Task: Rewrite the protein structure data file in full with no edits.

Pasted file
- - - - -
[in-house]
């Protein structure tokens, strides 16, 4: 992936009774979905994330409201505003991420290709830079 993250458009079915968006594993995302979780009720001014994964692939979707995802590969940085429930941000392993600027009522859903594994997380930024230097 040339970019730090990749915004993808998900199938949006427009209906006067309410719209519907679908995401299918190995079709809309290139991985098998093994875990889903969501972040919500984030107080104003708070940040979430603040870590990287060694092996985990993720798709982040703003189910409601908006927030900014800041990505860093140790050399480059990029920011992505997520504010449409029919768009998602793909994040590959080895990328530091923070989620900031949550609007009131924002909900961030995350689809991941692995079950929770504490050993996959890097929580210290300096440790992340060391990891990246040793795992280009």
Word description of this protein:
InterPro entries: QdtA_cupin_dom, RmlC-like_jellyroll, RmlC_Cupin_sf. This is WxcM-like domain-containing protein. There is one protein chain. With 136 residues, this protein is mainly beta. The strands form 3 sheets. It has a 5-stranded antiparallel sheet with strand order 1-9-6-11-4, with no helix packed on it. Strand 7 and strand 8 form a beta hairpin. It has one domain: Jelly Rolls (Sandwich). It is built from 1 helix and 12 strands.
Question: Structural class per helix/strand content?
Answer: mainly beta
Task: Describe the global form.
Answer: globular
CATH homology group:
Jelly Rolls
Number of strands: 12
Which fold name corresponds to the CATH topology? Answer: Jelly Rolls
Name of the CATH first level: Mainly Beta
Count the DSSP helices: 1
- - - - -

[in-house]
């Protein structure tokens, strides 16, 4: 992936009774979905994330409201505003991420290709830079 993250458009079915968006594993995302979780009720001014994964692939979707995802590969940085429930941000392993600027009522859903594994997380930024230097 040339970019730090990749915004993808998900199938949006427009209906006067309410719209519907679908995401299918190995079709809309290139991985098998093994875990889903969501972040919500984030107080104003708070940040979430603040870590990287060694092996985990993720798709982040703003189910409601908006927030900014800041990505860093140790050399480059990029920011992505997520504010449409029919768009998602793909994040590959080895990328530091923070989620900031949550609007009131924002909900961030995350689809991941692995079950929770504490050993996959890097929580210290300096440790992340060391990891990246040793795992280009």
Word description of this protein:
InterPro entries: QdtA_cupin_dom, RmlC-like_jellyroll, RmlC_Cupin_sf. This is WxcM-like domain-containing protein. There is one protein chain. With 136 residues, this protein is mainly beta. The strands form 3 sheets. It has a 5-stranded antiparallel sheet with strand order 1-9-6-11-4, with no helix packed on it. Strand 7 and strand 8 form a beta hairpin. It has one domain: Jelly Rolls (Sandwich). It is built from 1 helix and 12 strands.
Question: Structural class per helix/strand content?
Answer: mainly beta
Task: Describe the global form.
Answer: globular
CATH homology group:
Jelly Rolls
Number of strands: 12
Which fold name corresponds to the CATH topology? Answer: Jelly Rolls
Name of the CATH first level: Mainly Beta
Count the DSSP helices: 1